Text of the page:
Hands down, Welcome to Rockville this past April. It was my first “baby” and I found myself in disbelief that I had anything to do with such a massive event. More importantly, it was at Welcome to Rockville that I was able to pull off the surprise of a lifetime for a very deserving 14-year-old named Charlie. I was sent a video his mother Jessie took of him opening his Christmas present—an envelope that held his Friday GA tickets to Welcome to Rockville. After hearing what Charlie and his mom had gone through in recent years, I knew I wanted to do something. Ozzy Osbourne was the Friday headliner and apparently Charlie’s all-time favorite. I was able to work with Squiggy and Mike Ciero over at The Music Experience (one of our partners on-site), who knew Charlie’s mom through a friend, and upgrade them to VIP weekend passes. Throughout the day on that Friday, Charlie was continuously surprised by different artists he was meeting—but little did he know what was coming. Charlie was later brought backstage to meet Zakk Wylde, who spent some time with him and his mom before gifting Charlie a special guitar that Zakk signed, and eventually handed to Charlie after shredding “War Pigs” on stage with Ozzy, himself (thanks to Josh Bernstein and Loudwire). After the show, I handed Charlie and his mom a meet and greet pass to go meet the Prince of Darkness for themselves. Their reaction and the knowledge that, collectively, we were able to give Charlie and Jessie a weekend that they would remember forever is something I will keep with me for the rest of my life. They are truly special people who I’m lucky to have met.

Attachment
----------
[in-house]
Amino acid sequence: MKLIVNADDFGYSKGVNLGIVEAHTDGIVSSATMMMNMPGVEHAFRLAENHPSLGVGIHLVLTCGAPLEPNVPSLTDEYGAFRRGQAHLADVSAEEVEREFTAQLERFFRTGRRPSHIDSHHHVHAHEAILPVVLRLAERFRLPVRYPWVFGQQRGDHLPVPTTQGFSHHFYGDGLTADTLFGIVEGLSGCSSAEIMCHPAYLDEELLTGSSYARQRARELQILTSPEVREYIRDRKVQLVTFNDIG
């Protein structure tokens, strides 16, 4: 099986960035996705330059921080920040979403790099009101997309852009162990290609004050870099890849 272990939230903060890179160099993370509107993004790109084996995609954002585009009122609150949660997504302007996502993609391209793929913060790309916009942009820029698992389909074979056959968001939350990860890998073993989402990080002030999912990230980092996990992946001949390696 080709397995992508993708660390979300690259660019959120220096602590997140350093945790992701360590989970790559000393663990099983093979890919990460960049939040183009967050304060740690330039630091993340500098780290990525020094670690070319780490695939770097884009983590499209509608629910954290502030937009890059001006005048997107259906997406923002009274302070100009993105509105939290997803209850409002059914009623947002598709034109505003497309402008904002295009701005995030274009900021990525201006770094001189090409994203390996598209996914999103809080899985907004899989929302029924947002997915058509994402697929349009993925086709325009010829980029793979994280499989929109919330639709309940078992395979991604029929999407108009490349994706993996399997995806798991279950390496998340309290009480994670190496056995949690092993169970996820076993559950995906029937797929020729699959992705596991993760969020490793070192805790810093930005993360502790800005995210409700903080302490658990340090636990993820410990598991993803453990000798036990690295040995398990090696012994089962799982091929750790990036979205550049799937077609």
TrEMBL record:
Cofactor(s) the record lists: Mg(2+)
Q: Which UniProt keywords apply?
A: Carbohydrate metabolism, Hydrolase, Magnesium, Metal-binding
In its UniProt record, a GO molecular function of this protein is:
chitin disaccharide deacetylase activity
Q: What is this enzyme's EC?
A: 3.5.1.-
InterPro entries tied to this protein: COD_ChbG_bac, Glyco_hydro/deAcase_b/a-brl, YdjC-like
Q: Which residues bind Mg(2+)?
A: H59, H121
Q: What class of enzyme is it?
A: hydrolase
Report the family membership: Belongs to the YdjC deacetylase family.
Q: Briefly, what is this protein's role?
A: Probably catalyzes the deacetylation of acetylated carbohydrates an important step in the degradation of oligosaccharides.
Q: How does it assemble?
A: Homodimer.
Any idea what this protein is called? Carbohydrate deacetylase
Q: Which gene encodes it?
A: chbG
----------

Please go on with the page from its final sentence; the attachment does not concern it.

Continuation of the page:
How have your past academic and professional experiences prepared you for the work you do today?